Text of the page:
# Angle bisector theorem

Angle bisector theorem In this diagram, BD:DC = AB:AC.

In geometry, the angle bisector theorem is concerned with the relative lengths of the two segments that a triangle's side is divided into by a line that bisects the opposite angle. It equates their relative lengths to the relative lengths of the other two sides of the triangle.

Contents 1 Theorem 2 Proofs 2.1 Proof 1 2.2 Proof 2 2.3 Proof 3 3 Exterior angle bisectors 4 History 5 Applications 6 References 7 Further reading 8 External links Theorem Consider a triangle ABC. Let the angle bisector of angle A intersect side BC at a point D between B and C. The angle bisector theorem states that the ratio of the length of the line segment BD to the length of segment CD is equal to the ratio of the length of side AB to the length of side AC: {displaystyle {frac {|BD|}{|CD|}}={frac {|AB|}{|AC|}},} and conversely, if a point D on the side BC of triangle ABC divides BC in the same ratio as the sides AB and AC, then AD is the angle bisector of angle ∠ A.

The generalized angle bisector theorem states that if D lies on the line BC, then {displaystyle {frac {|BD|}{|CD|}}={frac {|AB|sin angle DAB}{|AC|sin angle DAC}}.} This reduces to the previous version if AD is the bisector of ∠ BAC. When D is external to the segment BC, directed line segments and directed angles must be used in the calculation.

The angle bisector theorem is commonly used when the angle bisectors and side lengths are known. It can be used in a calculation or in a proof.

An immediate consequence of the theorem is that the angle bisector of the vertex angle of an isosceles triangle will also bisect the opposite side.

Proofs Proof 1 In the above diagram, use the law of sines on triangles ABD and ACD: {displaystyle {frac {|AB|}{|BD|}}={frac {sin angle ADB}{sin angle DAB}}}         (1) {displaystyle {frac {|AC|}{|CD|}}={frac {sin angle ADC}{sin angle DAC}}}         (2) Angles ∠ ADB and ∠ ADC form a linear pair, that is, they are adjacent supplementary angles. Since supplementary angles have equal sines, {displaystyle {sin angle ADB}={sin angle ADC}.} Angles ∠ DAB and ∠ DAC are equal. Therefore, the right hand sides of equations (1) and (2) are equal, so their left hand sides must also be equal.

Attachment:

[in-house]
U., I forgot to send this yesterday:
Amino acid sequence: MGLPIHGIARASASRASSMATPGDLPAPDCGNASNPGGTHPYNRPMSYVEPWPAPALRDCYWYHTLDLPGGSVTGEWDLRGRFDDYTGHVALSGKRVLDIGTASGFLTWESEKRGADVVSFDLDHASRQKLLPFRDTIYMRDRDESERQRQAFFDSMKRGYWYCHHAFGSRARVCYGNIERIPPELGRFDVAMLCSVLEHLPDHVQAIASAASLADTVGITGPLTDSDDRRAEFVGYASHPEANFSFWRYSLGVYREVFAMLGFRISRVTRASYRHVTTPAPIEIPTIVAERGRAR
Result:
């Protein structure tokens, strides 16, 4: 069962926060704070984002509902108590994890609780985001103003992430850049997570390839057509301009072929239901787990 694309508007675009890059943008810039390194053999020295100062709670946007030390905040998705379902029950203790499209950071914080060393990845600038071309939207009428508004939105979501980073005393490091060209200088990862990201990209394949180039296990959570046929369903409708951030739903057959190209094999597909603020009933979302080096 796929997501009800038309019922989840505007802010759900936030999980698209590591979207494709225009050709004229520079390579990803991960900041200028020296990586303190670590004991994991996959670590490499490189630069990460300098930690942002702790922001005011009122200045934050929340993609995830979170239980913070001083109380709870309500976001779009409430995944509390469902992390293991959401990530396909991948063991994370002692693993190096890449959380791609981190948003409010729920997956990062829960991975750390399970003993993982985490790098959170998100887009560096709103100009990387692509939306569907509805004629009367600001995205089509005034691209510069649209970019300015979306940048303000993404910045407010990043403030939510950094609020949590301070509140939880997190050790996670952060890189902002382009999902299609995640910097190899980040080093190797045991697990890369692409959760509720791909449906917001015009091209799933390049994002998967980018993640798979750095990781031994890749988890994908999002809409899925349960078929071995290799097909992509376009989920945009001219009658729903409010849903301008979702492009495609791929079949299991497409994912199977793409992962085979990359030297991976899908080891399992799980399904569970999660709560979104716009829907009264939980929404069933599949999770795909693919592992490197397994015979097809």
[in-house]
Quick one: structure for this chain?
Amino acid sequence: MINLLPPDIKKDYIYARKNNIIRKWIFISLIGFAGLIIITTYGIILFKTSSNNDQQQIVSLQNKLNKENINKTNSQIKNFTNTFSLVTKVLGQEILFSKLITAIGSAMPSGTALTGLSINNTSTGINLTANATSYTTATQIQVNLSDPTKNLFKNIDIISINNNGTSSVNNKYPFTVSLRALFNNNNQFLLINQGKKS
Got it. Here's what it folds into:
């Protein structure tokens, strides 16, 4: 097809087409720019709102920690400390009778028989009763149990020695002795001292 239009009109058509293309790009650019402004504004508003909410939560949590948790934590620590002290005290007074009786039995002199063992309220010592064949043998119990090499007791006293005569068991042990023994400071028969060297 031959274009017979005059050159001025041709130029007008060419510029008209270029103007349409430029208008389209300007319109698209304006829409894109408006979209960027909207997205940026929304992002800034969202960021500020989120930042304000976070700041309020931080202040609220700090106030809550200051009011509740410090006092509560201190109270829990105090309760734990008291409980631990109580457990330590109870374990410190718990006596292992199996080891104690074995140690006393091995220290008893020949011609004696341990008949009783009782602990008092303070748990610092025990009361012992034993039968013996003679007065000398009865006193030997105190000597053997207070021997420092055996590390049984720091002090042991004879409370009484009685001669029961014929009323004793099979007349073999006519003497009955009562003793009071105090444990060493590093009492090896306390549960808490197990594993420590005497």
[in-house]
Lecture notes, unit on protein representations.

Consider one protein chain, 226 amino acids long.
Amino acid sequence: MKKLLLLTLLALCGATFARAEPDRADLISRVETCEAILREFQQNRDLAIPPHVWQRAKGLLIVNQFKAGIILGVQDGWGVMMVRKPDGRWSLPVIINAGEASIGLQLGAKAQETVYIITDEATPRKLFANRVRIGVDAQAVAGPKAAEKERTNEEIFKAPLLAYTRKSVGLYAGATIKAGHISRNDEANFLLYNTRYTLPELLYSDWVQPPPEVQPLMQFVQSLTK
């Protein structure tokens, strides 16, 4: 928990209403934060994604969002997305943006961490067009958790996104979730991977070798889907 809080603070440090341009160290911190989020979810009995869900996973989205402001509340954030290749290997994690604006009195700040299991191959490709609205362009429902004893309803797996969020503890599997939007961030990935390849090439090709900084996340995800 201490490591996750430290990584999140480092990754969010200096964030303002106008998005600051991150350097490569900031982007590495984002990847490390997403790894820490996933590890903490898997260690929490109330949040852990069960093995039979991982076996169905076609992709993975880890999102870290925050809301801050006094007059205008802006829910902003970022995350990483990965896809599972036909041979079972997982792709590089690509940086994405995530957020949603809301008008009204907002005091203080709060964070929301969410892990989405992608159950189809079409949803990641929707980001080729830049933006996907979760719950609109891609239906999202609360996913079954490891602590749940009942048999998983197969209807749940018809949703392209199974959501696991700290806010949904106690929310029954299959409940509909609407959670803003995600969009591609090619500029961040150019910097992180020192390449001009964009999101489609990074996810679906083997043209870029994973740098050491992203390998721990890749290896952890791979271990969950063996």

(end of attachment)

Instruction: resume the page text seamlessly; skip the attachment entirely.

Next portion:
{displaystyle {frac {|BD|}{|CD|}}={frac {|AB|}{|AC|}},} which is the angle bisector theorem.

If angles ∠ DAB and ∠ DAC are unequal, equations (1) and (2) can be re-written as: {displaystyle {{frac {|AB|}{|BD|}}sin angle DAB=sin angle ADB},} {displaystyle {{frac {|AC|}{|CD|}}sin angle DAC=sin angle ADC}.} Angles ∠ ADB and ∠ ADC are still supplementary, so the right hand sides of these equations are still equal, so we obtain: {displaystyle {{frac {|AB|}{|BD|}}sin angle DAB={frac {|AC|}{|CD|}}sin angle DAC},} which rearranges to the "generalized" version of the theorem.

Proof 2 Let D be a point on the line BC, not equal to B or C and such that AD is not an altitude of triangle ABC.

Let B1 be the base (foot) of the altitude in the triangle ABD through B and let C1 be the base of the altitude in the triangle ACD through C. Then, if D is strictly between B and C, one and only one of B1 or C1 lies inside triangle ABC and it can be assumed without loss of generality that B1 does. This case is depicted in the adjacent diagram. If D lies outside of segment BC, then neither B1 nor C1 lies inside the triangle.

∠ DB1B and ∠ DC1C are right angles, while the angles ∠ B1DB and ∠ C1DC are congruent if D lies on the segment BC (that is, between B and C) and they are identical in the other cases being considered, so the triangles DB1B and DC1C are similar (AAA), which implies that: {displaystyle {frac {|BD|}{|CD|}}={frac {|BB_{1}|}{|CC_{1}|}}={frac {|AB|sin angle BAD}{|AC|sin angle CAD}}.} If D is the foot of an altitude, then, {displaystyle {frac {|BD|}{|AB|}}=sin angle BAD{text{ and }}{frac {|CD|}{|AC|}}=sin angle DAC,} and the generalized form follows.

Proof 3 {displaystyle alpha ={tfrac {angle BAC}{2}}=angle BAD=angle CAD} A quick proof can be obtained by looking at the ratio of the areas of the two triangles {displaystyle triangle BAD} and {displaystyle triangle CAD} , which are created by the angle bisector in {displaystyle A} . Computing those areas twice using different formulas, that is {displaystyle {tfrac {1}{2}}gh} with base {displaystyle g} and altitude {displaystyle h} and {displaystyle {tfrac {1}{2}}absin(gamma )} with sides {displaystyle a} , {displaystyle b} and their enclosed angle {displaystyle gamma } , will yield the desired result.